For most people in the western world, when they talk about “yoga” they’re usually thinking of some pretzel-twisted pose, or a power vinyasa class, or whatever version of physical practice they participate in or are familiar with. But if you happened to be following along during my teacher training, you might have noticed that in the first three of the Reflections Along the Path posts (one, two & three) I mentioned that yoga really wasn’t about the asanas at all.
I know what you might be thinking. Wait. What? How can yoga not be about the physical postures? Isn’t that pretty much all there is?
Well, dear reader, this July I want to take you deeper into the full practice of yoga. This month, we’re going to explore the 8 limbs of yoga from the perspective of the world-changer. Just what are these 8 limbs, and what the heck do they have to do with me? Why should I do yoga, anyway?
We’re going to start with Asana (the physical practice, the postures) because that’s where most people become acquainted with and learn about yoga. Then we’ll move along to the Yamas and Niyamas, then Pranayama, and finally into an exploration of stillness and meditation. If you have no idea what any of those words mean, don’t worry; by the end of the month, I hope that we will have remedied that.
By the practice of the limbs of Yoga, the impurities dwindle away and there dawns the light of wisdom, leading to discriminative discernment.” – the Yoga Sutras of Patanjali, Book 2, verse 28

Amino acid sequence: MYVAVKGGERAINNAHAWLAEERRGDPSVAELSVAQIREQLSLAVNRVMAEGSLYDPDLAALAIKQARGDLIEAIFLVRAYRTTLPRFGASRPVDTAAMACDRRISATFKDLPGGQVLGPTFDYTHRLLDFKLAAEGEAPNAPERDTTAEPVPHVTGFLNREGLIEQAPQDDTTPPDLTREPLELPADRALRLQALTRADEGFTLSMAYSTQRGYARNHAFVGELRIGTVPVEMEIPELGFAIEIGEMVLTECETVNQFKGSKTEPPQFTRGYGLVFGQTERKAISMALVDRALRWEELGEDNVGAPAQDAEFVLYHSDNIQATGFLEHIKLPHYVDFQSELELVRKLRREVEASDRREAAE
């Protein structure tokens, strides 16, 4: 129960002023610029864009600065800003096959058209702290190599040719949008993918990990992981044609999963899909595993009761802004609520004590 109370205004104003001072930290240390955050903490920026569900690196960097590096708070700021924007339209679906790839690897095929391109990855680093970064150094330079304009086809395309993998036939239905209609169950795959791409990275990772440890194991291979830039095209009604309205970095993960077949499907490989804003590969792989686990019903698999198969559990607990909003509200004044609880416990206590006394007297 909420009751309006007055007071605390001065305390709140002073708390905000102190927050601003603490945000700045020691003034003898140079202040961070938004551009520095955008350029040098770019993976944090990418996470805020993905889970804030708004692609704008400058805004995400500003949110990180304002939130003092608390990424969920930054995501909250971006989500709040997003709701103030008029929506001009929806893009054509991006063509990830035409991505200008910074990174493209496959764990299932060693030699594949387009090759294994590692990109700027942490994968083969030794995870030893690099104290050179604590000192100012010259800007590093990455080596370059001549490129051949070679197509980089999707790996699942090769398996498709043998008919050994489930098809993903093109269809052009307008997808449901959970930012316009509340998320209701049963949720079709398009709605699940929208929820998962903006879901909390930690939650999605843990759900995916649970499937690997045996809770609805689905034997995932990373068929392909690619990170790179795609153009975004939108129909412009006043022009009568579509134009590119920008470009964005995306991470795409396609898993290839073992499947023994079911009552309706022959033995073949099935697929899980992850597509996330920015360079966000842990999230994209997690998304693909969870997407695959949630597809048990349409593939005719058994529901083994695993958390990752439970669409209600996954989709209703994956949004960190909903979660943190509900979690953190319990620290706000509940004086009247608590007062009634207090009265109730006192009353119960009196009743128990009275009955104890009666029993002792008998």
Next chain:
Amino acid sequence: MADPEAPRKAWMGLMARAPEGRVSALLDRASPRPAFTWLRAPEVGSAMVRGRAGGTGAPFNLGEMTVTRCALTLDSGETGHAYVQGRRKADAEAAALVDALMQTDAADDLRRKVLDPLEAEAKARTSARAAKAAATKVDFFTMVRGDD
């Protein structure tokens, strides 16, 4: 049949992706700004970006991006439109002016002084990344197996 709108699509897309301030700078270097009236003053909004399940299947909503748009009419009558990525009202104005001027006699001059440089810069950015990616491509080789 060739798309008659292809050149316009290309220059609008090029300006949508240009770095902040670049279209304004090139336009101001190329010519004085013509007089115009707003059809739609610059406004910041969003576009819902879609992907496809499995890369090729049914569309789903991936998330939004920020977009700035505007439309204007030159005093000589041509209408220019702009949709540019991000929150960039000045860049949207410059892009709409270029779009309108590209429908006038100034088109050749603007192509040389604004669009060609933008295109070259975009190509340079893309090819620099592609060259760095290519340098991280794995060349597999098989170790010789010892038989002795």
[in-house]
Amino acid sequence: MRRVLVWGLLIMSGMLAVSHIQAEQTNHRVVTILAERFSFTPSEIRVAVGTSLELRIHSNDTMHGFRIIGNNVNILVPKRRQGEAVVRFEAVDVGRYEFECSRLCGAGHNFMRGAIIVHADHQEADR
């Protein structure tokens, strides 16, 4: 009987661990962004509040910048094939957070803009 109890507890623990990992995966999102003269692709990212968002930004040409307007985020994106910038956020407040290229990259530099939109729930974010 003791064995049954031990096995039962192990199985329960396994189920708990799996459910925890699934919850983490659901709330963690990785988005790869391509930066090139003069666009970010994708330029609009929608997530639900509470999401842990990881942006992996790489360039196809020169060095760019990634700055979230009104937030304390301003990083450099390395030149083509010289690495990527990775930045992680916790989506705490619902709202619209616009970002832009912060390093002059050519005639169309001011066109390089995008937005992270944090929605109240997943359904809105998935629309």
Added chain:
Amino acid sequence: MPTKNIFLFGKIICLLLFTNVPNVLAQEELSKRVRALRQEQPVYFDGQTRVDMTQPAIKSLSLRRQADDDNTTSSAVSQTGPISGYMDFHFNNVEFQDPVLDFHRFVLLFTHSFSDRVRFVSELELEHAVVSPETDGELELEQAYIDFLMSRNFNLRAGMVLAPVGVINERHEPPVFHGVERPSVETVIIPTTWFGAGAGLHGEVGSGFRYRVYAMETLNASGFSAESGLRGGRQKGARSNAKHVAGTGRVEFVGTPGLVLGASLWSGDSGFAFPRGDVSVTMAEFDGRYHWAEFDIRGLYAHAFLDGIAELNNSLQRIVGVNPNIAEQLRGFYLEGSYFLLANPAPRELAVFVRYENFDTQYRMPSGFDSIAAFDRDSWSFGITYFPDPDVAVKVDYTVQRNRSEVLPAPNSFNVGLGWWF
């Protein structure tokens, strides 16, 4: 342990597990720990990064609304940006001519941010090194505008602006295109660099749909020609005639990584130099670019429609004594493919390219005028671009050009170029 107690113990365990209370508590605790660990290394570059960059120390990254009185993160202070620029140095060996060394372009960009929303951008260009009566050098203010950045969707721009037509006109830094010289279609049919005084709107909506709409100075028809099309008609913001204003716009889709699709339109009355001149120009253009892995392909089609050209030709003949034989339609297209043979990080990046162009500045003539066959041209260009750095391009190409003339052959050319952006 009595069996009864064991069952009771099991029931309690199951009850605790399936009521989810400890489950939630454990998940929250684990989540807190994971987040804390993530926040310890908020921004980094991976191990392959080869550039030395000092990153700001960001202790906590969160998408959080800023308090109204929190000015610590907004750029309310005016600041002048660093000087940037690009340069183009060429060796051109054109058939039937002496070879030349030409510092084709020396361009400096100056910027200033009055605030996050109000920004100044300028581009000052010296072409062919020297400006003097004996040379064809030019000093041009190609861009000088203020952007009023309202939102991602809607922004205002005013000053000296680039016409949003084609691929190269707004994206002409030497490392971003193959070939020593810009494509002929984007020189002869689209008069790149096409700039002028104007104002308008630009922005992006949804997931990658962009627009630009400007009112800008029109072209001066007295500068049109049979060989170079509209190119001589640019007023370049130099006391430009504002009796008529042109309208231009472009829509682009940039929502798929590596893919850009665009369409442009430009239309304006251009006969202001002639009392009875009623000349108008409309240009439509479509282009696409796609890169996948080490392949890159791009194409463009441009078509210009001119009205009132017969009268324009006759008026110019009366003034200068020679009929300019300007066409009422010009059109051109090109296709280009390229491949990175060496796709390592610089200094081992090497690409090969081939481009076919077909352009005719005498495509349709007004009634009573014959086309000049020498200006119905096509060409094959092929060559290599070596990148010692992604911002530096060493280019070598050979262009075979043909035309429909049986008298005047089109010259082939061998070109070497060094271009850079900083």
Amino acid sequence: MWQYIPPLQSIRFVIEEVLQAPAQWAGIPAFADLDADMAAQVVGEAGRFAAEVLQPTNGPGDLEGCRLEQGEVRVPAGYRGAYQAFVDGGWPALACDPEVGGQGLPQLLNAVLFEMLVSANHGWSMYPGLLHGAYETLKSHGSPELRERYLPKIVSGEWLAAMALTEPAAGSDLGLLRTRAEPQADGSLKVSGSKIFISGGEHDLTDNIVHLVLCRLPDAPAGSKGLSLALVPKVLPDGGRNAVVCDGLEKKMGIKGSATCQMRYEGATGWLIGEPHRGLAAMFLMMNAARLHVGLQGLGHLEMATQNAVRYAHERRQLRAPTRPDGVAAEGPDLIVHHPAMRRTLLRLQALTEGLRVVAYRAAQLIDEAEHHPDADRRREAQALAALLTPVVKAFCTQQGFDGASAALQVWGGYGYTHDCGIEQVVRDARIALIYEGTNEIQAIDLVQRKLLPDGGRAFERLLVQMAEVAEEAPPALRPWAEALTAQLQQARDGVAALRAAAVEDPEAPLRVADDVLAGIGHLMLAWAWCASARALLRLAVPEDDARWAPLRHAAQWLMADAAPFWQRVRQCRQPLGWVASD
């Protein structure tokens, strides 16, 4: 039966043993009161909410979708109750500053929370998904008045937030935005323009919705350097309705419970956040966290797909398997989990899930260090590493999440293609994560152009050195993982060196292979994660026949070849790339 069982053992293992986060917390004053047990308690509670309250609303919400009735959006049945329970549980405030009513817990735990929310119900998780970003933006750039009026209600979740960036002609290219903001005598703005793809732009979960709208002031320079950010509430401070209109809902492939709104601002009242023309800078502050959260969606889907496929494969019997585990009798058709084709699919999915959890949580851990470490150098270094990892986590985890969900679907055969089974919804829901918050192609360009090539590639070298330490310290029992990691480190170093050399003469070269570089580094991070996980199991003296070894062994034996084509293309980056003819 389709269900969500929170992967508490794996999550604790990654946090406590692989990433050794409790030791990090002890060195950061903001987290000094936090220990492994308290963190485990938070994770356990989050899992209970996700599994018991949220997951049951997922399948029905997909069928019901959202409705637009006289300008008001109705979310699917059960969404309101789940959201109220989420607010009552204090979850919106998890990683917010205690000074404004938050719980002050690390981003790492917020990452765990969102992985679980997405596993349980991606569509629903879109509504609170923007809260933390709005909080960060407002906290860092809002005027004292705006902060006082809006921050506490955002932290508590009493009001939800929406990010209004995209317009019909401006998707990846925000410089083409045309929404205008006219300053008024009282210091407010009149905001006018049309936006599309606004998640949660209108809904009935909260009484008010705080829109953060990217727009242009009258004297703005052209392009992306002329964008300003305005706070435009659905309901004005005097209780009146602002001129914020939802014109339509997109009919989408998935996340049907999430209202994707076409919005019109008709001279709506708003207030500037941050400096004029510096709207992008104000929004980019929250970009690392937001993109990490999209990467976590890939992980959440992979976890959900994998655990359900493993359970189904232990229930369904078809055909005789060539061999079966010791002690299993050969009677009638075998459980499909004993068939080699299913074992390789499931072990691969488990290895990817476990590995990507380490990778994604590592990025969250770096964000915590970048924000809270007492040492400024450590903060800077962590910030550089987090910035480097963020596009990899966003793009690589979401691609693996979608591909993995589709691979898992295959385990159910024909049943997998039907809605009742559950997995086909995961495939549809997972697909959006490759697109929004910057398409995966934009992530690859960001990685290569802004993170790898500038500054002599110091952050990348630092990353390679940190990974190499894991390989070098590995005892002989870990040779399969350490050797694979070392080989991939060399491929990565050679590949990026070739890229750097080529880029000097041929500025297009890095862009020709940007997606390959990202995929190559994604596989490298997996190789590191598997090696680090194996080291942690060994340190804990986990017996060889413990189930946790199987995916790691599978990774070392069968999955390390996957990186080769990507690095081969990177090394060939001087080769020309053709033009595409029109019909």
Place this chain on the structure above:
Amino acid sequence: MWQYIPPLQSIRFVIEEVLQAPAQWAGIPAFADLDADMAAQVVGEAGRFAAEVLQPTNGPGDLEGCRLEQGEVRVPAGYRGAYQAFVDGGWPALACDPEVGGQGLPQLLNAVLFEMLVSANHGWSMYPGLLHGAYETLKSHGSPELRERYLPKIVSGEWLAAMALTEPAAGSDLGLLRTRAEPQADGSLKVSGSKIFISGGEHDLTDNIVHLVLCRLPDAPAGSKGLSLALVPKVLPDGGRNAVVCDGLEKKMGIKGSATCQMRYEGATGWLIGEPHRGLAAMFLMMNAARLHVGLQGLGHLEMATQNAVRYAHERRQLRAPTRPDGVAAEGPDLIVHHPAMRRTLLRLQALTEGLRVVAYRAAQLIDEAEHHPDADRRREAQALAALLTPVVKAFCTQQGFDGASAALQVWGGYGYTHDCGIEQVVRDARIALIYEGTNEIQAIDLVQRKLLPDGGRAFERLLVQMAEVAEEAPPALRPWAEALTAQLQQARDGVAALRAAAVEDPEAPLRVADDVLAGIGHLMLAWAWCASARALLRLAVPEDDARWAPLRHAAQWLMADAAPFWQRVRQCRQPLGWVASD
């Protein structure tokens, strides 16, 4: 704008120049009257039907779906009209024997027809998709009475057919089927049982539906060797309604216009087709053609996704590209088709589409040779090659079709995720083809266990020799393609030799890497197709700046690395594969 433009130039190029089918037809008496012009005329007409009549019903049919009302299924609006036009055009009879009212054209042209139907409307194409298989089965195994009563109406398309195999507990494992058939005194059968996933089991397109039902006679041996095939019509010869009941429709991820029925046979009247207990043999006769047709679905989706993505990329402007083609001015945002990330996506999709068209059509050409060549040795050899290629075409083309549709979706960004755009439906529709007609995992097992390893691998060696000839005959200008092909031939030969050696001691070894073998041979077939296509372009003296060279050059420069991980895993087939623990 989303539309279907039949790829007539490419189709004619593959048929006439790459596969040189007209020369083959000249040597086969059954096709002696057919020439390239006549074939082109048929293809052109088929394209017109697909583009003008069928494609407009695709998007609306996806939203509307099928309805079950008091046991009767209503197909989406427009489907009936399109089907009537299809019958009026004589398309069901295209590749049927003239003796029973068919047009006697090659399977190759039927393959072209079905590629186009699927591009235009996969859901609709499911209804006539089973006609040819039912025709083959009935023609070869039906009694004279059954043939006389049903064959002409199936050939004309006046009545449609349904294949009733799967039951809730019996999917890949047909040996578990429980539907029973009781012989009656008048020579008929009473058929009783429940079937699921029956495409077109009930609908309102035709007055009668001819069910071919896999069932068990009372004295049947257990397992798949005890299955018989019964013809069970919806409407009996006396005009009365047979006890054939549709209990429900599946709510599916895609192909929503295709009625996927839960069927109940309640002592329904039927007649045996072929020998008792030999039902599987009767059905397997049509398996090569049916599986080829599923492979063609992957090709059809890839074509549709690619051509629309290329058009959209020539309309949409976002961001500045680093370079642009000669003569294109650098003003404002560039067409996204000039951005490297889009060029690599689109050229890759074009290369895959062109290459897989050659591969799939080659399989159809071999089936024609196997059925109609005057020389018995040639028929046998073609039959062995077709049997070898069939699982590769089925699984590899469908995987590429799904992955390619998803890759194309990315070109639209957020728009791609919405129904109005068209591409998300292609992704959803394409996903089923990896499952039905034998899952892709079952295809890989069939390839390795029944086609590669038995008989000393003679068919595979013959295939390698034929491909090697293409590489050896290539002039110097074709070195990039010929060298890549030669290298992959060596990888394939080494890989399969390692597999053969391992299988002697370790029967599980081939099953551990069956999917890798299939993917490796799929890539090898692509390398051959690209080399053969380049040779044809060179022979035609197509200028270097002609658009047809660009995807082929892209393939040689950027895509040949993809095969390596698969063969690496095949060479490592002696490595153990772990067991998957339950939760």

To give you a really simplified version of what this means – removing ignorance (gaining discriminative discernment through our practice), that we might overcome toxins and tensions.
The sanskrit words in the Yoga Sutras that reference asana are as follows:
Sthira = steady
Sukham = comfortable
Asanam = posture
This means that our physical yoga practice (the asanas) should be steady and comfortable. This isn’t to say that your personal yoga practice always has to be gentle, but in every posture, you should always strive to find a balance between effort and ease. By bending and twisting the body, we squeeze out the toxins that are accumulated in everyday life, and we strengthen our bodies as we also gain flexibility; keeping the postures steady and comfortable allows us to find the proper balance between strength and flexibility. And, as you’ll hear over and over, modern scientific research shows that practicing yoga can have a huge impact on levels of stress and anxiety.
So, yes. While it’s not about the asanas, that’s where we start. The physical practice is both very important and very beneficial; it’s the best place to start to build our foundation.
Swami Satchidananda talks a lot about the best yogis being good surfers, able to ride along the top of the crashing waves. What he means is being able to ride out the ups and downs of life in a more relaxed manner, not being tossed about by each change in the tides, not being flung from extreme highs to crushing lows, but instead finding a more gentle ebb and flow between the extremes.
Our asana practice is actually only the 3rd limb of yoga, not an end or goal unto itself. But, it all starts on the mat, with your own personal yoga origin story. What story will you tell, and where will your practice take you?
I have two different translations of the Yoga Sutras open on my desk as I’m writing this, a whopping 850 pages between them; I bring this up because what I’m doing this month is taking an incredibly complex topic and trying to break it down into bite sized bits. If anyone wants to have a deeper discussion about any of this, please ask questions and bring this discussion to life. The posts this month are intended to whet your appetite, lay a bit of groundwork for why we practice, and to open the discussion!
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